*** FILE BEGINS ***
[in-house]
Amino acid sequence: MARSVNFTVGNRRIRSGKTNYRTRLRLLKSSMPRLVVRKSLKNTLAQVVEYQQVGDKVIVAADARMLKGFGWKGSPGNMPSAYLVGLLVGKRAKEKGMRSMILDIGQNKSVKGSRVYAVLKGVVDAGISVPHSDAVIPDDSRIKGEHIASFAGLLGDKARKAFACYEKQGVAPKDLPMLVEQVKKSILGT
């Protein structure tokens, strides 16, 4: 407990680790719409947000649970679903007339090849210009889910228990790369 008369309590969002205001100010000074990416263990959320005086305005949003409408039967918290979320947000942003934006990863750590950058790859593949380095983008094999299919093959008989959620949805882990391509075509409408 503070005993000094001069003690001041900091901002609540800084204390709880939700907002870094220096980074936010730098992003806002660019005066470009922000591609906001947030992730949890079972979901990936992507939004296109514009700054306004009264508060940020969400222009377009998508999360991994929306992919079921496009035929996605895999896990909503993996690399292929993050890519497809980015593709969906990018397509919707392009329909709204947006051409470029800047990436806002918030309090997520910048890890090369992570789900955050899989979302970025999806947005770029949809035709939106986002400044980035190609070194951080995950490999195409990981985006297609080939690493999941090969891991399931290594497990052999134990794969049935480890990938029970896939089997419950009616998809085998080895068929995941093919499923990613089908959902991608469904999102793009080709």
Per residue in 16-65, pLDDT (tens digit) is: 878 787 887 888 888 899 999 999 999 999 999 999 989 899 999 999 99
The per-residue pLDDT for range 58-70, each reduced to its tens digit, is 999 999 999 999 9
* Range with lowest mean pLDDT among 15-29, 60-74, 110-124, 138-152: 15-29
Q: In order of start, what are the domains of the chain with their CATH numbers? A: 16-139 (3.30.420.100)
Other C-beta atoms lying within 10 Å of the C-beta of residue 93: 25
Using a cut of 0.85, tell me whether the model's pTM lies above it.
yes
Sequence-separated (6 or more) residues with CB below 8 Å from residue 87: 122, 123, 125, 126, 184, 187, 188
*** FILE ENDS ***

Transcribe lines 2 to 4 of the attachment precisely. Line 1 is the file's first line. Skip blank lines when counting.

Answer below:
Amino acid sequence: MARSVNFTVGNRRIRSGKTNYRTRLRLLKSSMPRLVVRKSLKNTLAQVVEYQQVGDKVIVAADARMLKGFGWKGSPGNMPSAYLVGLLVGKRAKEKGMRSMILDIGQNKSVKGSRVYAVLKGVVDAGISVPHSDAVIPDDSRIKGEHIASFAGLLGDKARKAFACYEKQGVAPKDLPMLVEQVKKSILGT
């Protein structure tokens, strides 16, 4: 407990680790719409947000649970679903007339090849210009889910228990790369 008369309590969002205001100010000074990416263990959320005086305005949003409408039967918290979320947000942003934006990863750590950058790859593949380095983008094999299919093959008989959620949805882990391509075509409408 503070005993000094001069003690001041900091901002609540800084204390709880939700907002870094220096980074936010730098992003806002660019005066470009922000591609906001947030992730949890079972979901990936992507939004296109514009700054306004009264508060940020969400222009377009998508999360991994929306992919079921496009035929996605895999896990909503993996690399292929993050890519497809980015593709969906990018397509919707392009329909709204947006051409470029800047990436806002918030309090997520910048890890090369992570789900955050899989979302970025999806947005770029949809035709939106986002400044980035190609070194951080995950490999195409990981985006297609080939690493999941090969891991399931290594497990052999134990794969049935480890990938029970896939089997419950009616998809085998080895068929995941093919499923990613089908959902991608469904999102793009080709």
Per residue in 16-65, pLDDT (tens digit) is: 878 787 887 888 888 899 999 999 999 999 999 999 989 899 999 999 99